Facebook announced its idea for a dating app today. There’s still a ton we don’t know about how it’ll work, though we know that the platform will live inside its official app and that users will be able to “unlock” individual events or groups that they’re members of to see potential matches. The company says in promotional material: “Just like in real life, the more active you are in the communities around you, the more opportunities you’ll have to meet awesome people.”
This will be essential to the dating app’s success and could potentially position it to usurp Tinder as the go-to dating app for young people. One of the biggest complaints I hear from friends about dating apps is that they never seem to get over the messaging-to-meeting-up-in-person hurdle. They’ll amass tons of matches, chat over an app, maybe move to text, Snapchat, or Instagram, and then… that’s it. There’s even some unofficial math on how hard it is to meet up.
Tinder has gone so far as to actually pay two users to meet up in person after their exchanges went viral.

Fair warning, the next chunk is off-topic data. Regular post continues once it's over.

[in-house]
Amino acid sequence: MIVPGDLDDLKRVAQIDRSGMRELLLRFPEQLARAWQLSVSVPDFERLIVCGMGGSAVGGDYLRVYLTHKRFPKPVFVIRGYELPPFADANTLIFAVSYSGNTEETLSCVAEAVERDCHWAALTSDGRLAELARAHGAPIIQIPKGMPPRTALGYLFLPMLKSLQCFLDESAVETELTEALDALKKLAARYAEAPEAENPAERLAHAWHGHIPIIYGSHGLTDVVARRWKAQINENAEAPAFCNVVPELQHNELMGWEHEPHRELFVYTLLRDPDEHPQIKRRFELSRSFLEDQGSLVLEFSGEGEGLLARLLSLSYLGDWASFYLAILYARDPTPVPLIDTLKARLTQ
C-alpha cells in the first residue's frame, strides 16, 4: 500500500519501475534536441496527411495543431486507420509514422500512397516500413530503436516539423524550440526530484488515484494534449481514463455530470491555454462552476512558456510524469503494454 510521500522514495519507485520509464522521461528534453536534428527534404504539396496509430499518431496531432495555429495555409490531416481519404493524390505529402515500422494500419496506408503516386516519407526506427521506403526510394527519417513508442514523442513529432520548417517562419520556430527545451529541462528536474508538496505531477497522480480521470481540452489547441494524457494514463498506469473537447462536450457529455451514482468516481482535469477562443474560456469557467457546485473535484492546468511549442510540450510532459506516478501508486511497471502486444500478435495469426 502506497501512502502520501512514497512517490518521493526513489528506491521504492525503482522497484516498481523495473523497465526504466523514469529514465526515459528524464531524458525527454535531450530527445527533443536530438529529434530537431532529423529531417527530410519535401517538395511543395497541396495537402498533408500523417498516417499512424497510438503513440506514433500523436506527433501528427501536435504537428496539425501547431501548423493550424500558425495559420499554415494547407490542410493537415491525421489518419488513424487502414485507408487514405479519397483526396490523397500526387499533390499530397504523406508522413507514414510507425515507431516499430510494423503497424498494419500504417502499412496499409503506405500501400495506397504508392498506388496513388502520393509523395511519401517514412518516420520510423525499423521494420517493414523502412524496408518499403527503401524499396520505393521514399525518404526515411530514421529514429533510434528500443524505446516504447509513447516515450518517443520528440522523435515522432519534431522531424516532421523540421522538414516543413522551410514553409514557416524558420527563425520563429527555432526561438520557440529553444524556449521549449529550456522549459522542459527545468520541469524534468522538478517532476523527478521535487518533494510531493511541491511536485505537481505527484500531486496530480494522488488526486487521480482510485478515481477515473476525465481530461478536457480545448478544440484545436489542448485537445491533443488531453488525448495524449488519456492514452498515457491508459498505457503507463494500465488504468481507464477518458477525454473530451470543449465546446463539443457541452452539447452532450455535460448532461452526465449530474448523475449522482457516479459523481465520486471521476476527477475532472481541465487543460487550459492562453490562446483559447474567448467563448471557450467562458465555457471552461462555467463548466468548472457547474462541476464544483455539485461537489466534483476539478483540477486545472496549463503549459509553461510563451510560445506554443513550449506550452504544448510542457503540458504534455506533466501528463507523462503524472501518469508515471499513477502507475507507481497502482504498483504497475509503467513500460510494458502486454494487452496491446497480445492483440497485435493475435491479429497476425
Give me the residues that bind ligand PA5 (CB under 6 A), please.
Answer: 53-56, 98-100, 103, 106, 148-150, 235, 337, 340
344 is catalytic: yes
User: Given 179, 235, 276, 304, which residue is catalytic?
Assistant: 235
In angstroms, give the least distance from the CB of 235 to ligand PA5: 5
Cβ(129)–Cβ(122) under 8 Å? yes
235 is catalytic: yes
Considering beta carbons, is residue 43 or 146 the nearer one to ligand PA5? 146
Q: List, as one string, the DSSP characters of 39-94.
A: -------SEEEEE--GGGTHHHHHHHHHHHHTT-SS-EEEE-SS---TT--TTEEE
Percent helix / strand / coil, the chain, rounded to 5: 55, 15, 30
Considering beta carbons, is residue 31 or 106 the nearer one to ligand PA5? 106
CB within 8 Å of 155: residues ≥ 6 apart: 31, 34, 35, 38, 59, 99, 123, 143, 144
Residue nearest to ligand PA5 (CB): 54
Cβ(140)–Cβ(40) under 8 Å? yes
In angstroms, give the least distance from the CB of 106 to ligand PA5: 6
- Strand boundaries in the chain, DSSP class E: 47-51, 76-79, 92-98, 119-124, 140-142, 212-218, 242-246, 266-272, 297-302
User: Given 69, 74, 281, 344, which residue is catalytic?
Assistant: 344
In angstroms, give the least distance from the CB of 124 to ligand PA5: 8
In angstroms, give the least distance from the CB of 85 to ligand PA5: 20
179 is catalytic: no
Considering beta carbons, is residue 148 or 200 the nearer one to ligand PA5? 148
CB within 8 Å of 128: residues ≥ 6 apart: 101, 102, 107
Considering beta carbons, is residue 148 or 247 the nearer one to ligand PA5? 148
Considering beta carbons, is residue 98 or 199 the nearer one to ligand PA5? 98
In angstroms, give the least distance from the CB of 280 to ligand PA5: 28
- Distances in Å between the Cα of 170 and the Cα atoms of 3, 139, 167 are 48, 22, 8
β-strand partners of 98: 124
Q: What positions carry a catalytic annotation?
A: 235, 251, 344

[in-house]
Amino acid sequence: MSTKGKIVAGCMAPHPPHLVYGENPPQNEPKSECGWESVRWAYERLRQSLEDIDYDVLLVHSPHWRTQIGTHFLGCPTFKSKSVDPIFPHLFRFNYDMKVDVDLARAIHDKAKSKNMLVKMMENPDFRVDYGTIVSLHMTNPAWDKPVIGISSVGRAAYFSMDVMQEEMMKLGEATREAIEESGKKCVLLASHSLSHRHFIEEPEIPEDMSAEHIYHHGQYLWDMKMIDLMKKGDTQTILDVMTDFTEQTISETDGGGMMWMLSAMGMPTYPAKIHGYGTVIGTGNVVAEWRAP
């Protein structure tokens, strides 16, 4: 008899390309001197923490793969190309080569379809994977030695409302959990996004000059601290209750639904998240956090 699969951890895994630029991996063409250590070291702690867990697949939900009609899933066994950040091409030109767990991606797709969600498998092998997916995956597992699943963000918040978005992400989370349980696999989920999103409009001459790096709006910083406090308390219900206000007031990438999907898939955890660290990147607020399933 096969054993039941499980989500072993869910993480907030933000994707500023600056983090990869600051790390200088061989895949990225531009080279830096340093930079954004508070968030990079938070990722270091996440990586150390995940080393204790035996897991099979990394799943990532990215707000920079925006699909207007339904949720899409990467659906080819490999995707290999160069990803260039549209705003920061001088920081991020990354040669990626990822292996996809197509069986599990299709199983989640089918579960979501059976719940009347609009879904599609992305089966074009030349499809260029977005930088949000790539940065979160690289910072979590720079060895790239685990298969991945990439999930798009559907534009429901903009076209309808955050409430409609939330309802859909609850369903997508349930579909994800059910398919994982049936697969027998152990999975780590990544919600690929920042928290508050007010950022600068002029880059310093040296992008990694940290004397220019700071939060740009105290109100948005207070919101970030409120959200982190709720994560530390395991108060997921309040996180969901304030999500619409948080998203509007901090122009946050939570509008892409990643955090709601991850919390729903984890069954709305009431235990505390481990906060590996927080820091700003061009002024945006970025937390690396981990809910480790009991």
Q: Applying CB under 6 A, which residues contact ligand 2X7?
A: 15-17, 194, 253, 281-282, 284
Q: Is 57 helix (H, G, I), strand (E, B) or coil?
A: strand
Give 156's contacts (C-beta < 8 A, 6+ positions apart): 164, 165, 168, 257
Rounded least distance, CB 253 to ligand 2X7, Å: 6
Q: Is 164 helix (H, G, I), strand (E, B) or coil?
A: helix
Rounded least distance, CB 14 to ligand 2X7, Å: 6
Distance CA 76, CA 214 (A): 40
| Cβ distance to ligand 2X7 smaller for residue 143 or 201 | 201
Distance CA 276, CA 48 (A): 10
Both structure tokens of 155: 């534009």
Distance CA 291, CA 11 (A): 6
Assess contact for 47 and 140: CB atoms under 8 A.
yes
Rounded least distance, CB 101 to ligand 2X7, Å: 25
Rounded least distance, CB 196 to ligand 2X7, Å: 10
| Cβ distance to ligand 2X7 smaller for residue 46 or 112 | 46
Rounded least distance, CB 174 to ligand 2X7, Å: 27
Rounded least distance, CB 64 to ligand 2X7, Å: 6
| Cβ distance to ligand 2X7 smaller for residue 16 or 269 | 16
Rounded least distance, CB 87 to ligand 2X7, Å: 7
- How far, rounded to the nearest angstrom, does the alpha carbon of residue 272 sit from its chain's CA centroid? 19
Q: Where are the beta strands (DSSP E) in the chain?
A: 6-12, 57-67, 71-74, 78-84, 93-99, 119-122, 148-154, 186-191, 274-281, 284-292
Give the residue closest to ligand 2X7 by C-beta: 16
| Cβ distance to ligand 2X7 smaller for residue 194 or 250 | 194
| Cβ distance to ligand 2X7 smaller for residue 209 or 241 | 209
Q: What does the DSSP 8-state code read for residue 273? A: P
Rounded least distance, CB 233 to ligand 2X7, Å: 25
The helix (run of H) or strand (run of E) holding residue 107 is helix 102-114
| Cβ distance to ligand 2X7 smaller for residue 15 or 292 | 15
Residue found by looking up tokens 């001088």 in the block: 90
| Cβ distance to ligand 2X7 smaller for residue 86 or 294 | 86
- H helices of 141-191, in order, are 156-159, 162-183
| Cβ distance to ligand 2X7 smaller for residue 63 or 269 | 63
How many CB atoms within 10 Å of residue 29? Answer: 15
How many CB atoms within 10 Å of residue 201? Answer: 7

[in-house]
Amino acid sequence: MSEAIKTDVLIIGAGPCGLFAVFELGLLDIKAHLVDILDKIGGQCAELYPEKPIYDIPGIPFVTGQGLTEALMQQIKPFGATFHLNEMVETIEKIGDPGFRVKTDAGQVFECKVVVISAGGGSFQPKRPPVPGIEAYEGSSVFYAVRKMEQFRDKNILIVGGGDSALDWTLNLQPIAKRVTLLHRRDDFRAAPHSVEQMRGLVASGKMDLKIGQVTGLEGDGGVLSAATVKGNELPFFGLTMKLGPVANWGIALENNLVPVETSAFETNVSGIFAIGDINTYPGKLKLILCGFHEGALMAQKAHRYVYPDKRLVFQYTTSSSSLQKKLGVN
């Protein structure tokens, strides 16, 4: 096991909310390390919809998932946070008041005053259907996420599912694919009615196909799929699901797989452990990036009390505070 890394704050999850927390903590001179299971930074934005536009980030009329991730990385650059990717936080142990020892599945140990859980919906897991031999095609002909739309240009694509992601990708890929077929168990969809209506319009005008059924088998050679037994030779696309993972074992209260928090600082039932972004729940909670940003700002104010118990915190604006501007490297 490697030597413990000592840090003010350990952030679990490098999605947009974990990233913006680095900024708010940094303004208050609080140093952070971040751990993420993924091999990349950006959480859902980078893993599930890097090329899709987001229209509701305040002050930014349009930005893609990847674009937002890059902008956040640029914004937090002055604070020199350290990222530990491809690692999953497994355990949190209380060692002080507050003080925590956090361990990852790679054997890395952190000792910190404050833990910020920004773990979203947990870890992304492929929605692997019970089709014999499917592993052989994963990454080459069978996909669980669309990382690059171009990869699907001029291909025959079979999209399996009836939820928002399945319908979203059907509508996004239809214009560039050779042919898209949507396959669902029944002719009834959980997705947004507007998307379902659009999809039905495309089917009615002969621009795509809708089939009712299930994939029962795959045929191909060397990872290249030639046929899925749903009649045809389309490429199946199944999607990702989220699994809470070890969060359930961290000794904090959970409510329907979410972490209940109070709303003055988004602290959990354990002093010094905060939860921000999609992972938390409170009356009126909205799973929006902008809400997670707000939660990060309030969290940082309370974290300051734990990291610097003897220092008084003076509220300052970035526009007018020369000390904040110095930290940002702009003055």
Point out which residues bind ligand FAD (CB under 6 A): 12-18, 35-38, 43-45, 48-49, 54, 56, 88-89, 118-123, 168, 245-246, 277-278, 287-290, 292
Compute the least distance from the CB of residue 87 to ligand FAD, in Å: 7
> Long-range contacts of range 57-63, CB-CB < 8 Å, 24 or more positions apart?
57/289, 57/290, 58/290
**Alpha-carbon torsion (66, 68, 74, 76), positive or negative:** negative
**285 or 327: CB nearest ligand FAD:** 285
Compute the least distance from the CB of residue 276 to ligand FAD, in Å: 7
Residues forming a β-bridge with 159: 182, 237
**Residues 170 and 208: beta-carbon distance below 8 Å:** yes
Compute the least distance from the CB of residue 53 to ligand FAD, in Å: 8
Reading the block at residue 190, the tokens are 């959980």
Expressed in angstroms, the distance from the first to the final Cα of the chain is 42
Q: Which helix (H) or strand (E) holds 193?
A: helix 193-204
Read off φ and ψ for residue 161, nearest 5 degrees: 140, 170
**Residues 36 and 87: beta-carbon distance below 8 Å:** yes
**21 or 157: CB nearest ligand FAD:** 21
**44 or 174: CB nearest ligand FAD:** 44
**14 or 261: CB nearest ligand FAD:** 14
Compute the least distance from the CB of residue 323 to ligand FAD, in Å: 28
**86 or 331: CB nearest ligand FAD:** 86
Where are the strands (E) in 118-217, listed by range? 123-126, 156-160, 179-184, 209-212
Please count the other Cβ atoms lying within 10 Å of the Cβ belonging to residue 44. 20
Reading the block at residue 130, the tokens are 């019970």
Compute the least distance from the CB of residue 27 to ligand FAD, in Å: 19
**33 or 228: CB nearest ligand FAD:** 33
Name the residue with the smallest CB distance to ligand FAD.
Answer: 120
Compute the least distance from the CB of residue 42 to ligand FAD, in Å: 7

The company flew the matched couple to Maui for a first date. Seriously!
Obviously this was good PR for Tinder, but it addresses a real problem for the platform: successfully getting users to coordinate first dates. At this point, the Tinder pen pal has become a classic archetype. Messaging with matches has become entertainment in and of itself.
If Facebook’s dating app ends up being like the company is promising now, it could encourage people to RSVP to events more frequently, in order to look through guest lists for potential matches. Sure, people could (and probably often will) still bail — who among us hasn’t blown off a few Facebook events to which we initially RSVPed as “Going”? — but at least now there’s more concrete common ground. (Although Facebook will need to do work to help users avoid creepy matches who plan to go to the same event.) Countless interactions on other platforms have fizzled specifically due to a lack of solid plans, and Facebook events could mitigate that problem with built-in options, be it a literary reading, concert, food festival, or even dance marathon. Dating apps that beat their competitors, after all, are the ones that successfully get people to form real in-person relationships, and they all more or less start in the same place: with a single, IRL date.